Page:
I never seen so many planes in the sky, protecting us. They wanted us out from Poland because the Russians were behind and we were chased, just go, go, go.
She learned years later that her future husband was a day or two behind her, in one of the last three wagons that crossed the border before it closed.
They came to a small town crowded with refugees. They found hay for the horses
and, with difficulty, a small room to share in a farmers house.
Aurelie recalls her terror: It was maybe 10 by 11 (square feet) with 17 people. In the middle of the night it was so noisy. The Russians were shouting and making loud bangs. They were stealing things and looking for women.
Though they had made it safely to Germany, trouble continued with the country divided and the Soviet Occupation Forces in control of East Germany (the Soviet soldiers were labelled some of the worst culprits of the 20th century for their war crimes).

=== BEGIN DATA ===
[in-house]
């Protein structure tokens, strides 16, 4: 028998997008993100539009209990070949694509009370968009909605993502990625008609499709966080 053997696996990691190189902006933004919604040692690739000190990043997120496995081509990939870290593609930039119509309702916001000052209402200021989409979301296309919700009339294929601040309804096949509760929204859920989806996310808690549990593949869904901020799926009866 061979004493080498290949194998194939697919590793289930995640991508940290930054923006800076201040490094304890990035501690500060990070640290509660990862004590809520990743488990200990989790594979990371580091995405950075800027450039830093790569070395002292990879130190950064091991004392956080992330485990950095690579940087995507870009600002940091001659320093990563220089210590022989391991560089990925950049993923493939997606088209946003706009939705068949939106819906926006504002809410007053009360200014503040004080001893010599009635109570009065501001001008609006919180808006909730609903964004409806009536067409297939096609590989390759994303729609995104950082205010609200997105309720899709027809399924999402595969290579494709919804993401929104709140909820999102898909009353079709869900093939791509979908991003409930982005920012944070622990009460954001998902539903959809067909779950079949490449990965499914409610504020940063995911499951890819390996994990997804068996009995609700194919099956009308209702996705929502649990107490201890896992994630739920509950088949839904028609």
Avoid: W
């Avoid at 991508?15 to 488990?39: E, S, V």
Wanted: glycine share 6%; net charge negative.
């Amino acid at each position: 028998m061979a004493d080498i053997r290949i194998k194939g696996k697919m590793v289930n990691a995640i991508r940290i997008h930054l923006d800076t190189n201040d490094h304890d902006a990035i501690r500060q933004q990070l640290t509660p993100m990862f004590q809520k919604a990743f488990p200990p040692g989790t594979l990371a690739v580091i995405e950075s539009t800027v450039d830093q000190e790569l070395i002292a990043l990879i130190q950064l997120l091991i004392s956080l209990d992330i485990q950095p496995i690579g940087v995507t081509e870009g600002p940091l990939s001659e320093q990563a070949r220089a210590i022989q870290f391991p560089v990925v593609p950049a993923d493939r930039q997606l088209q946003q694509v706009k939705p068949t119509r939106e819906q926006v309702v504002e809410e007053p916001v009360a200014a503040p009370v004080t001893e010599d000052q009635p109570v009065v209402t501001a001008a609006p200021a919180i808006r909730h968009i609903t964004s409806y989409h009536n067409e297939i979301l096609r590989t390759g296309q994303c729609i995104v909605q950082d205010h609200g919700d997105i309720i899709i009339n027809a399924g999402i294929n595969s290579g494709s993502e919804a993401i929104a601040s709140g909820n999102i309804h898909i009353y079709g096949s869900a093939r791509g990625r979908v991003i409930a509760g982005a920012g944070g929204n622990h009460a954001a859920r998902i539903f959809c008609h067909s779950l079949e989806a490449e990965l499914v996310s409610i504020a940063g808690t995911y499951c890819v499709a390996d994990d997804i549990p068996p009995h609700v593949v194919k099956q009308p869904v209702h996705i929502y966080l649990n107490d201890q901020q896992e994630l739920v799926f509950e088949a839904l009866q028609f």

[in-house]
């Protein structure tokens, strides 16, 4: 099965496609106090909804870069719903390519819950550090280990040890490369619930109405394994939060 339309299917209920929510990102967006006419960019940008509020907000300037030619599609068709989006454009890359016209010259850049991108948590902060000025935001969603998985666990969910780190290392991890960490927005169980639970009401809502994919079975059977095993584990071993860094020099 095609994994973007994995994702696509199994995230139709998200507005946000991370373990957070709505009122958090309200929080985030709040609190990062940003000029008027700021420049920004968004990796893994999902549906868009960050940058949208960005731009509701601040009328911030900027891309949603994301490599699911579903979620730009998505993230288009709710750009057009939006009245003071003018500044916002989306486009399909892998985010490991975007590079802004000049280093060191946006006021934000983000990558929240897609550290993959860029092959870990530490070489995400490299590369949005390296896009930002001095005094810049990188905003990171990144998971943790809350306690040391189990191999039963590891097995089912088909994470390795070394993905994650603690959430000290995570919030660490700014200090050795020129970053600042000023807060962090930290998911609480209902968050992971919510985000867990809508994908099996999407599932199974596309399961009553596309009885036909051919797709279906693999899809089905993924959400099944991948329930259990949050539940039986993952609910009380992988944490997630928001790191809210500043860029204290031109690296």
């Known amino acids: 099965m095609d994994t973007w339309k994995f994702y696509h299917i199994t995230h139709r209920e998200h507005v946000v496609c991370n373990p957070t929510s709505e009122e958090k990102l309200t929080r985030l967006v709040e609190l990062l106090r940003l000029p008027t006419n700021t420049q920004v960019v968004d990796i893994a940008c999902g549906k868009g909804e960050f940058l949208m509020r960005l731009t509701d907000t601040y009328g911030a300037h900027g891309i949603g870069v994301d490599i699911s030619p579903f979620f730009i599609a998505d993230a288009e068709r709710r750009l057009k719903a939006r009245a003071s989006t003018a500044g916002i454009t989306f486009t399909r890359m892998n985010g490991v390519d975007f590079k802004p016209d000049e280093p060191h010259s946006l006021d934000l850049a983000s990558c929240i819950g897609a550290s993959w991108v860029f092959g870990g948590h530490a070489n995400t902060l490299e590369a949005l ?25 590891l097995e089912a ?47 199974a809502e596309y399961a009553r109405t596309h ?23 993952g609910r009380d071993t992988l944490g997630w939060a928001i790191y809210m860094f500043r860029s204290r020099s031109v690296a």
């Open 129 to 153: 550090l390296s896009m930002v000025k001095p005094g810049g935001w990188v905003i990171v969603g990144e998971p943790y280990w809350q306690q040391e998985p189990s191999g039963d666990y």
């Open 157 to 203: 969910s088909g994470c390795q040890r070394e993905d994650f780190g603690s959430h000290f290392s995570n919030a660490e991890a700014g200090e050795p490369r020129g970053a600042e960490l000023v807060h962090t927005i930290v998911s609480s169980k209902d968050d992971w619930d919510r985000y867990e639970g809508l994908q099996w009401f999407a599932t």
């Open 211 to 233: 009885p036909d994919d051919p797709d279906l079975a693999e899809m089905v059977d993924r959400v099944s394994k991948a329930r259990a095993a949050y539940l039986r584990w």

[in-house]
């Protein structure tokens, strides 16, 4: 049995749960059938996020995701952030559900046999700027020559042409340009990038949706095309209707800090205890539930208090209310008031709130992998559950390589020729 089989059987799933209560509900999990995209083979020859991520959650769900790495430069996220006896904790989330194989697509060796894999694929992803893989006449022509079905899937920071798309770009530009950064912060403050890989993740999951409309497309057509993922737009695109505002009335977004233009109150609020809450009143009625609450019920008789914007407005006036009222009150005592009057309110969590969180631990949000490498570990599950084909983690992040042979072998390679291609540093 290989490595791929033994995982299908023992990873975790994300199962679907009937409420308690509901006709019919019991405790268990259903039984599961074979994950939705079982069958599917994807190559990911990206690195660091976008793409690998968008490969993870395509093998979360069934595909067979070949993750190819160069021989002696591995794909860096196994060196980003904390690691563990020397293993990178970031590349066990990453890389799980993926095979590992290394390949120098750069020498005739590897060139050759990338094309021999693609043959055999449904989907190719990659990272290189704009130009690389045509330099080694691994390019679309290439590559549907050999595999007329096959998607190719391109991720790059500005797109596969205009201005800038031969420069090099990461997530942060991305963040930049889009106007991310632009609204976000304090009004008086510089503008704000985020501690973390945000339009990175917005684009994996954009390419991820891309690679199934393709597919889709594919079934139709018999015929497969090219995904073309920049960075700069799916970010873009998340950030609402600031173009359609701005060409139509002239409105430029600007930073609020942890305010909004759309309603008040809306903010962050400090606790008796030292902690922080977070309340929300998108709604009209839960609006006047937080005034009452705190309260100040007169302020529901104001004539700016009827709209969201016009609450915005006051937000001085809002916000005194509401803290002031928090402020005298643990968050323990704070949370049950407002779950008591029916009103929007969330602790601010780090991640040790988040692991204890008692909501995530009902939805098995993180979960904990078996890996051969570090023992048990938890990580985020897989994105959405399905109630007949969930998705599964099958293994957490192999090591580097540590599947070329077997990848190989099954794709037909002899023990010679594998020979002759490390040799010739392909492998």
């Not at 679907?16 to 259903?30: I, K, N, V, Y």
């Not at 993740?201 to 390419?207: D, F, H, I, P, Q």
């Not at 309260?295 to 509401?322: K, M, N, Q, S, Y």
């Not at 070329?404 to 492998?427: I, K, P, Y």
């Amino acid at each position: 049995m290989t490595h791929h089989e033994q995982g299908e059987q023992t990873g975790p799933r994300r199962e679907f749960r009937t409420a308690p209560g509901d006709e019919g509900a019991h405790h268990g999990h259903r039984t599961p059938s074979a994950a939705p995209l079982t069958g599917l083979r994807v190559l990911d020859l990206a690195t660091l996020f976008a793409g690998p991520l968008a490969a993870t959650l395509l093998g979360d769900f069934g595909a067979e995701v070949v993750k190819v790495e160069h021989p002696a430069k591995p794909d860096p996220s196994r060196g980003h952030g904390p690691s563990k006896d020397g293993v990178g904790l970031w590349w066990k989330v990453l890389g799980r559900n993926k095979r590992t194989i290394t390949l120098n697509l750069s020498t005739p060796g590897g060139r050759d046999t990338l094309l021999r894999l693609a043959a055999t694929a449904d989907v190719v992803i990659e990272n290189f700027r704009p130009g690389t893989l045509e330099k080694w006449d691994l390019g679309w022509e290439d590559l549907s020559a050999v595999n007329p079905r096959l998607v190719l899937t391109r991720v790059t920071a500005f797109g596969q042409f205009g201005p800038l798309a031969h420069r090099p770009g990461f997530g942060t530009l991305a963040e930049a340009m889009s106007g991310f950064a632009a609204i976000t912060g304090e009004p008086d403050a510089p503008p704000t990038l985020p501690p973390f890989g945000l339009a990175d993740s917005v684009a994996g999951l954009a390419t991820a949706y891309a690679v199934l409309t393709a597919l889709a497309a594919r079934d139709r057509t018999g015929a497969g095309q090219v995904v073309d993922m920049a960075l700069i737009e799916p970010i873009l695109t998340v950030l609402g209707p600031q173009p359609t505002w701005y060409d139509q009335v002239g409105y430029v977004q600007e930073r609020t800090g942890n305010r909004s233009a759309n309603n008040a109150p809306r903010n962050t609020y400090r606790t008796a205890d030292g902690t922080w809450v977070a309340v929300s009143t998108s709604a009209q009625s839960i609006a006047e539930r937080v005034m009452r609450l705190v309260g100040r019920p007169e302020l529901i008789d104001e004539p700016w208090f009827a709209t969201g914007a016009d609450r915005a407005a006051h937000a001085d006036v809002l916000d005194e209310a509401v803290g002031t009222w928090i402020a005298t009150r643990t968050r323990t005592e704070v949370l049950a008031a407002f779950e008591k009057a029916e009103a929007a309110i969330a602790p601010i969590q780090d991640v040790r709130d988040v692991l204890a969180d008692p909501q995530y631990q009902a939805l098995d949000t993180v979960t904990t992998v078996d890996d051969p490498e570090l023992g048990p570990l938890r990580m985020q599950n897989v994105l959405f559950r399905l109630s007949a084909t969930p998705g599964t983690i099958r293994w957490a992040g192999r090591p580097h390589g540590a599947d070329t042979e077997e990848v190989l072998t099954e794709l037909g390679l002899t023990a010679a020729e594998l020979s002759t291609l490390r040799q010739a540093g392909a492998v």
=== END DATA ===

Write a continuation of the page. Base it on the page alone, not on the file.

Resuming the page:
Aurelies teenaged girl cousins were once hidden in a roof over the kitchen. Mrs. Labrentz pinched all the younger children and they were crying loudly when the soldiers barged in. They asked what was going on and she said they were sick. The men left as they didnt want to catch anything.
The family was allocated a small farm. Eight families shared a 20-room house. Mr. Labrentz returned from a Prisoner of War camp in 1946. Everyone in the family worked hard on the farm, but were hungry most of the time because the government took much of their yield. The youngest and eighth child was born in 1948.